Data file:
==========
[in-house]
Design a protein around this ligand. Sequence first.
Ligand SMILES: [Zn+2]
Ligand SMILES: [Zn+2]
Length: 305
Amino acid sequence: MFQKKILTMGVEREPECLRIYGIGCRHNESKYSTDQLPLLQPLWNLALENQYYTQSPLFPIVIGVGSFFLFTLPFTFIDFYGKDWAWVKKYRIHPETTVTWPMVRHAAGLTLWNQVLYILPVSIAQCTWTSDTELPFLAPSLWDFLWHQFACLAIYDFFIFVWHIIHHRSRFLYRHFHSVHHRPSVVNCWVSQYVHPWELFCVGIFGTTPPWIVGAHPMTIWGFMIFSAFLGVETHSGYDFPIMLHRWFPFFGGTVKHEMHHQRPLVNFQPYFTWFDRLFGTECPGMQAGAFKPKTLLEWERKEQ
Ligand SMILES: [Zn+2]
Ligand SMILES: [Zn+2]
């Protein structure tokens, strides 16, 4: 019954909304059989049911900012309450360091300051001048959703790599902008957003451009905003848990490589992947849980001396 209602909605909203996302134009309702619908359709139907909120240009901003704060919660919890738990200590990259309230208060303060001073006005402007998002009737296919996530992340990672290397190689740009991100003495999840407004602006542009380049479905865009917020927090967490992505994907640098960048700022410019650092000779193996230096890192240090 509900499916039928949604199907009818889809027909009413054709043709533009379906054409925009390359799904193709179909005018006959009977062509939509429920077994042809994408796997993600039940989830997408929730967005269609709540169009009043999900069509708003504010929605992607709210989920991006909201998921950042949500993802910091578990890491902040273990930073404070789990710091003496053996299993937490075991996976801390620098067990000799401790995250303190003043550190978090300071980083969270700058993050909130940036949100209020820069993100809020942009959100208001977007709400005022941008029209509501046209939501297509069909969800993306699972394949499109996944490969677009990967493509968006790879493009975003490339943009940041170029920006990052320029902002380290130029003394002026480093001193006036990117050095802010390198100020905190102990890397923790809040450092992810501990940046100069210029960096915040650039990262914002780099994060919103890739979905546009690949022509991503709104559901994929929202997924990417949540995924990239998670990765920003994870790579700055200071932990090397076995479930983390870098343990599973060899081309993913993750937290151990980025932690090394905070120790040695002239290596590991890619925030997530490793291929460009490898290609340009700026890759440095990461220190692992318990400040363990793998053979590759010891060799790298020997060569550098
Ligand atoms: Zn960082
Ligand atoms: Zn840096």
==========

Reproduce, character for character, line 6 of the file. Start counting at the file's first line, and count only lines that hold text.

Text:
Amino acid sequence: MFQKKILTMGVEREPECLRIYGIGCRHNESKYSTDQLPLLQPLWNLALENQYYTQSPLFPIVIGVGSFFLFTLPFTFIDFYGKDWAWVKKYRIHPETTVTWPMVRHAAGLTLWNQVLYILPVSIAQCTWTSDTELPFLAPSLWDFLWHQFACLAIYDFFIFVWHIIHHRSRFLYRHFHSVHHRPSVVNCWVSQYVHPWELFCVGIFGTTPPWIVGAHPMTIWGFMIFSAFLGVETHSGYDFPIMLHRWFPFFGGTVKHEMHHQRPLVNFQPYFTWFDRLFGTECPGMQAGAFKPKTLLEWERKEQ